In a land obsessed with the afterlife, it is strange that Indian movies have not yet explored the genre of zombies. Or have they? Think of the Ramsay movies and their heavily made-up "ghosts" - skin peeling off, rotting flesh, slow movement, weird growls, bloody; maybe the Ramsays were ahead of their times. Nobody acknowledges their creations as the original Indian zombie films.
So we'll go with Raj and DK's conviction that Go Goa Gone is the first movie of its kind in our film culture. Apparently, Kunal Khemu showed the script to his prospective brother-in-law, Saif Ali Khan, and the latter was so blown away by the story that he went ahead and not only produced it, but also starred in it, thus adding star value. Even Soha Ali Khan has a cameo in the film.
Luv (Vir Das) and Hardik (Kunal Khemu) share a flat with their childhood friend Bunny (Anand Tiwari). Luv and Hardik dope and drink the whole day, and somehow manage to get through office hours. Bunny, on the other hand, is the ideal employee.
Luv finds out that his girlfriend has been stringing him along, and Hardik is about to be kicked out of his job. With nothing to lose, they pile on to Bunny, who has to get to Goa and make a presentation on behalf of his office.
The useless duo convinces Bunny to accompany them to a rave party on an island (because he has money and they do not have any). The party is hosted by the Russian mafia. The trio discover that no boat wants to take them there, so they decide to rent a boat, leaving Bunny's car as a deposit.
The party is wild, and all have fun. The mafia also launches a new Siberian pill that Hardik cannot afford. Despite the disappointment, he has a blast, and even gets lucky with a girl.
The next morning, he wakes up alone on the beach, and sees a horrible sight. As the three friends reunite, their adventure begins. From rescuing a Facebook friend, to being rescued by mafia boss and zombie assassin Boris (Saif Ali Khan) and his associate Nikolai, the group keeps learning from their experiences as they try to make it off the island.
The male bonding aspect of the story concentrates on Luv and Hardik, making this a bromance. They always take advantage of Bunny, till they realise his worth. It is a story of friendships overcoming all obstacles, at one level.
There is a deeper message here, which one of the actors voices out towards the end - drugs are harmful. In fact, Saif Ali Khan begins the movie with a short film in which he talks about how he learned the hard way how harmful smoking can be. Ironically, almost everybody in the movie has a cigarette, a joint, or a cigar in his or her mouth in every scene.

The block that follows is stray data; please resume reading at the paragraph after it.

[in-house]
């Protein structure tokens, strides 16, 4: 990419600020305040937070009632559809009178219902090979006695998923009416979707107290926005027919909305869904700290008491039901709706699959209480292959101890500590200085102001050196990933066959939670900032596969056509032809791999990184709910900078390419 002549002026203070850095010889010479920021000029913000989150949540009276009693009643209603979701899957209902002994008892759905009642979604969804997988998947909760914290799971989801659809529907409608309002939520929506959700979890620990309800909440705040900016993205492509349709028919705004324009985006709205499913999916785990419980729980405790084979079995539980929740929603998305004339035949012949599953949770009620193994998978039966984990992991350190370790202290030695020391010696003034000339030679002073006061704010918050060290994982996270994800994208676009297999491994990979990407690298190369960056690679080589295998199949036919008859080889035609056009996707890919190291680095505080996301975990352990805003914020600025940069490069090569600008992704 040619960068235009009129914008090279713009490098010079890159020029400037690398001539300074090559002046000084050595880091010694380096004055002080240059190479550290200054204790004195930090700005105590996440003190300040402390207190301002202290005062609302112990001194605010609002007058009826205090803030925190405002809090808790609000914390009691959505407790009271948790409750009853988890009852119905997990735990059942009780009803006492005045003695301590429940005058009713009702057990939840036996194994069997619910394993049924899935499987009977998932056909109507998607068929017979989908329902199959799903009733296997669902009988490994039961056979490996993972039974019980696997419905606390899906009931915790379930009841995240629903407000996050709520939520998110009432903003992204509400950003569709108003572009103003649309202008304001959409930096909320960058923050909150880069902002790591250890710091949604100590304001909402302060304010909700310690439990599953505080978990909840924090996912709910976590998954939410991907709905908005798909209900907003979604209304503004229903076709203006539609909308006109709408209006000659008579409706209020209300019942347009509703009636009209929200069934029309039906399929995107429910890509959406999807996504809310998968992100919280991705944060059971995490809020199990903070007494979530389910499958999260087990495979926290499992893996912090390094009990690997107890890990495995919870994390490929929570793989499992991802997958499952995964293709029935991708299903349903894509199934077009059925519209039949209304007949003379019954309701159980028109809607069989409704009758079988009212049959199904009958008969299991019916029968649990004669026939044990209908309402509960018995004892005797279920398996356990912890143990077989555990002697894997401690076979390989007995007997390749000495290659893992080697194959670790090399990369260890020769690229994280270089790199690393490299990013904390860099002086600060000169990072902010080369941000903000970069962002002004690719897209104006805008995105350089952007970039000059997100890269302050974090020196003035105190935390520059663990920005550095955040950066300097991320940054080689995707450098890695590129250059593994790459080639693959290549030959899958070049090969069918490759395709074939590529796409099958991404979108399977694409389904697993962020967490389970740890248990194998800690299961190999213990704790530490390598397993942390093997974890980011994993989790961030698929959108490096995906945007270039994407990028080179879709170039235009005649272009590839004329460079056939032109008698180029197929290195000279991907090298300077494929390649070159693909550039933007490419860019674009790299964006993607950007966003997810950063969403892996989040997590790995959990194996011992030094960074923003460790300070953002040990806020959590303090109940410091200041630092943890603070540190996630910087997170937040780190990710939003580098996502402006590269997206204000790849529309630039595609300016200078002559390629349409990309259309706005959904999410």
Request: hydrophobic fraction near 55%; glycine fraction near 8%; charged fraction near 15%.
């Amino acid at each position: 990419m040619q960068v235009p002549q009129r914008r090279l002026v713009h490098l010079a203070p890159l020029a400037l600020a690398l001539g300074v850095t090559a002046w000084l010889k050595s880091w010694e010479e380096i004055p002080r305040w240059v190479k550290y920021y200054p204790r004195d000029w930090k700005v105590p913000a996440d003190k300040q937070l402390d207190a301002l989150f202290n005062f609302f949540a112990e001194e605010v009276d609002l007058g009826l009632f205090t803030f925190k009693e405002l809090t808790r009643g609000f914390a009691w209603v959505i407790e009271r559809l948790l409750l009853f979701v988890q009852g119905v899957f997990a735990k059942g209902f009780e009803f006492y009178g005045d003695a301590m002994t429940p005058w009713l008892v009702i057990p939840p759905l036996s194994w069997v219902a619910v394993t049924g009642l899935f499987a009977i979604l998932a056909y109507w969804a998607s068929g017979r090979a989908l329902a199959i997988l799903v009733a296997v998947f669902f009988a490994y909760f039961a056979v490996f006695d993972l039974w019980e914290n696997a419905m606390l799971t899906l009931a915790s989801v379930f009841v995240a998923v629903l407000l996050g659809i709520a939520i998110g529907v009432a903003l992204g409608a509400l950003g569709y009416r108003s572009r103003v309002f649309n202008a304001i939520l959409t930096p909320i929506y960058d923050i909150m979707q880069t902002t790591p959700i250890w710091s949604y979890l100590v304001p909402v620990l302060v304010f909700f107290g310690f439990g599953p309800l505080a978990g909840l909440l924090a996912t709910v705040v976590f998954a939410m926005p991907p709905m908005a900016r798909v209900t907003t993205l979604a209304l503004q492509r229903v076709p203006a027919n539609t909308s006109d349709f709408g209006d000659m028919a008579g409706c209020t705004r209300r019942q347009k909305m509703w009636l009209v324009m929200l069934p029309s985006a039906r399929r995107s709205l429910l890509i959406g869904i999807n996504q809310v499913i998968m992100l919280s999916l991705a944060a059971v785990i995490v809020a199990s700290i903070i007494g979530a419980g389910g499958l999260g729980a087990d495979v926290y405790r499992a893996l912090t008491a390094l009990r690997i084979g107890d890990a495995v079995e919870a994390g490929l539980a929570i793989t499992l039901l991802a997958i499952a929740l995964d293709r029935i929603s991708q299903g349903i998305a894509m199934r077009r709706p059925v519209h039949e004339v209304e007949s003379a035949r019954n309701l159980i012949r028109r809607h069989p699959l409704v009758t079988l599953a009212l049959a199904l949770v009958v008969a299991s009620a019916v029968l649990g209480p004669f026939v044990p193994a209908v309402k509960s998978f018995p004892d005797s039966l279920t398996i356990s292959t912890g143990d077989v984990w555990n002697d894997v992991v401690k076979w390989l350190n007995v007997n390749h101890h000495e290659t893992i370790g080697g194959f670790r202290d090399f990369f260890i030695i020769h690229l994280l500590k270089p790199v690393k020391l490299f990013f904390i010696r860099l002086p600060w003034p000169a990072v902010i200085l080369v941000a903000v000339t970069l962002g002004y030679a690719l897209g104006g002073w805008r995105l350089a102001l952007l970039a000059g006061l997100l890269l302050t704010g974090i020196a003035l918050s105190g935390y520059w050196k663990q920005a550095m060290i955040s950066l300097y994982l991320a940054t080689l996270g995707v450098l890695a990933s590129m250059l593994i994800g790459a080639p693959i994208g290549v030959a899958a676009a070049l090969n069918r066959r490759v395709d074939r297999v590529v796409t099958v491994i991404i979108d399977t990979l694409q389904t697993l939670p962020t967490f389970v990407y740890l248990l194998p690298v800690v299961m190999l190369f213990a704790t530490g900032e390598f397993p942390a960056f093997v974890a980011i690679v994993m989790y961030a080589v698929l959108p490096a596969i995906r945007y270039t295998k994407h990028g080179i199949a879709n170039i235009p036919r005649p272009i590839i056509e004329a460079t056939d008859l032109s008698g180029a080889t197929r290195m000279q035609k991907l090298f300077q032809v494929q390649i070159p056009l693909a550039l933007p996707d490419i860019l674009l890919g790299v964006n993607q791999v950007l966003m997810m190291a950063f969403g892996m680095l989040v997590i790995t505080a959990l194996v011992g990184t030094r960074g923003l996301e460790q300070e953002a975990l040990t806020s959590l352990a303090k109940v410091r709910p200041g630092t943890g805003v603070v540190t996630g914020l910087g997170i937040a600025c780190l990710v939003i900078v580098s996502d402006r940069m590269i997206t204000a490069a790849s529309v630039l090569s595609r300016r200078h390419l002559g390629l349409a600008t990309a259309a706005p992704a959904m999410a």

The dialogues are peppered liberally with curse words. And there is the Russian accent. Despite all this, the makers educate the audience on what a zombie is, and how it can be destroyed, very effectively and without being condescending. Given that the average Indian film-goer has never seen a Hollywood zombie flick, Go Goa Gone is a veritable encyclopedia of all things zombie.
The genre may be horror, but the wit makes the film a treat. The humour in dialogues and situations will make the grouchiest man chuckle. The second half falters a little, in its pace, but picks it up very soon. There is not a single dull moment.
The directors and producers have tried to pass off Mauritius as Goa, and they have succeeded. In fact, since the characters go around in circles, you become pretty involved in the location - the routes to take or avoid, the danger behind trees, and so on. The cinematography is non-intrusive, and effective. The production and costume designs are subtly appropriate. The music is a delight, but the main hero is the editing - crisp and fun.
This movie belongs to Kunal Khemu a little more than it does to the others. He is more than terrific - he is unrestrained and unapologetic. Vir Das is a treat, as is Anand Tiwari.
Saif Ali Khan does a decent job with his Russian accent (exclusive to his dialogues in Hindi). His blond hair takes a little getting used to, though. Puja Gupta begins well, but becomes arm candy after a point. The guys' car (which also gets a special mention in the credits) has more character.
The movie ends on a high note, paving the way for an inevitable sequel. Watch Go Goa Gone for more than just the zombies - the irreverent humour, the good acting and the cinematography. You'll come out laughing. And watch the end credits song - it is a riot.